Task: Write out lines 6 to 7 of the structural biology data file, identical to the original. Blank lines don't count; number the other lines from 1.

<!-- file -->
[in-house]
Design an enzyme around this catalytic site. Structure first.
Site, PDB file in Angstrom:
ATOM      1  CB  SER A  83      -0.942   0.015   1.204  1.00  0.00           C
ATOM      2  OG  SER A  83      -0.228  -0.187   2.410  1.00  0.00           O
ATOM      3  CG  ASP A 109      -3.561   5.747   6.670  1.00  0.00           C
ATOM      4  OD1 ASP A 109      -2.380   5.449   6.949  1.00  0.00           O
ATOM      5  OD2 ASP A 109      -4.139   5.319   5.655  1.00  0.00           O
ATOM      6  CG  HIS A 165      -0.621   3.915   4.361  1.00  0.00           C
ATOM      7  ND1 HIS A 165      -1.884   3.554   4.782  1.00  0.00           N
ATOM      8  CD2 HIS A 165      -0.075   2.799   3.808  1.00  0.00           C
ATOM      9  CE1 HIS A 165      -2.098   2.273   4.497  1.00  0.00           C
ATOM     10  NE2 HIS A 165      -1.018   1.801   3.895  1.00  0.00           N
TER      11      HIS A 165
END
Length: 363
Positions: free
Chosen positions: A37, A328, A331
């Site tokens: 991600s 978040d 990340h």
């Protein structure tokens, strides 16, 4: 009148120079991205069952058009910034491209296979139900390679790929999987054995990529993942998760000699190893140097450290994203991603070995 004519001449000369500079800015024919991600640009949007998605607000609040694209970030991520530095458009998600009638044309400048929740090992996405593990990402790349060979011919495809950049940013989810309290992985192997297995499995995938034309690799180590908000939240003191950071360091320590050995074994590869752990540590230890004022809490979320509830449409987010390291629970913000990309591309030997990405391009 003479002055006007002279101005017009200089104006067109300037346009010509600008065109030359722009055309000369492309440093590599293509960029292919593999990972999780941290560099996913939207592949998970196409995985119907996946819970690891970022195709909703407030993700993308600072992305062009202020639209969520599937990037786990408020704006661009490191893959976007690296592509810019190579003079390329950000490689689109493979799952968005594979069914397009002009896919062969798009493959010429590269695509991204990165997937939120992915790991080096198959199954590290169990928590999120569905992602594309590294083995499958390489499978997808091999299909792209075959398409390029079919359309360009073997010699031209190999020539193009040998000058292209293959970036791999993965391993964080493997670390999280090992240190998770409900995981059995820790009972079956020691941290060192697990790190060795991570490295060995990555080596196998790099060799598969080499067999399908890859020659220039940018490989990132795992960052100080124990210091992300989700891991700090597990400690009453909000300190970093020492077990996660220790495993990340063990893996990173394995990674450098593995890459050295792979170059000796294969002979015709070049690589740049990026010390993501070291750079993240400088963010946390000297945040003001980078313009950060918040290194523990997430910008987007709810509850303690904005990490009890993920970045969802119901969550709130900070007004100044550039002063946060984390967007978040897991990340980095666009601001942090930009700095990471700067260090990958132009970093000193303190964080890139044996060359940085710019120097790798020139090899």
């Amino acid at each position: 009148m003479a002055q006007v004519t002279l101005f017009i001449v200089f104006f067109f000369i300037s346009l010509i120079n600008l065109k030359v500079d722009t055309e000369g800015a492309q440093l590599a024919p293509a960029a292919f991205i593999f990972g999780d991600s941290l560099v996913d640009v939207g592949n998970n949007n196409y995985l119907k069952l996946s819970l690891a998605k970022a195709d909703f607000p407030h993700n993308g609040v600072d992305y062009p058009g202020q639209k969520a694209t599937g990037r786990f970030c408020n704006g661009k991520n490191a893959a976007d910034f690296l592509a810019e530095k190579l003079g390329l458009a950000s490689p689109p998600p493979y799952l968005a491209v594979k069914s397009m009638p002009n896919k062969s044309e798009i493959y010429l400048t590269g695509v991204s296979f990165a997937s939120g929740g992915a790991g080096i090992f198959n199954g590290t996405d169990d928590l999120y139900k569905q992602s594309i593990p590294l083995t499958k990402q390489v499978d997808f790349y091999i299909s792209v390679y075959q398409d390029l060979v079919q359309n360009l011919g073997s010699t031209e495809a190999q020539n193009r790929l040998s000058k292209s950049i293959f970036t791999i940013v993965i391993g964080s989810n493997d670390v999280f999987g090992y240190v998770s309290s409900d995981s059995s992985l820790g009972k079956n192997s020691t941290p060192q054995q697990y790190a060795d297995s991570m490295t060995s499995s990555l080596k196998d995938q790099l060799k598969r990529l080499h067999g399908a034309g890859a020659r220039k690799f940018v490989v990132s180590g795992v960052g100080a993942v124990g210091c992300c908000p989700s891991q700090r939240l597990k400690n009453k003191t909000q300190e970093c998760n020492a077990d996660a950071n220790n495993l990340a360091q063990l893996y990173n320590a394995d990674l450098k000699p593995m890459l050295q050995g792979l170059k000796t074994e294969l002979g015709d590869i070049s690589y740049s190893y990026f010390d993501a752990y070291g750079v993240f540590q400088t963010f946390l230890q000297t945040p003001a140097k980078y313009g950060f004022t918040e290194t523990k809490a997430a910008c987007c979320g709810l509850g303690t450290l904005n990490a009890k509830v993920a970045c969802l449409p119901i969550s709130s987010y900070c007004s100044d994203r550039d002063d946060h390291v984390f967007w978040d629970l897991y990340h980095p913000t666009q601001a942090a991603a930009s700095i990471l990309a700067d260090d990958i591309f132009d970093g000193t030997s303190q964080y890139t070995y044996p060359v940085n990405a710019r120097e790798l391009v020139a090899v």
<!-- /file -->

ATOM      3  CG  ASP A 109      -3.561   5.747   6.670  1.00  0.00           C
ATOM      4  OD1 ASP A 109      -2.380   5.449   6.949  1.00  0.00           O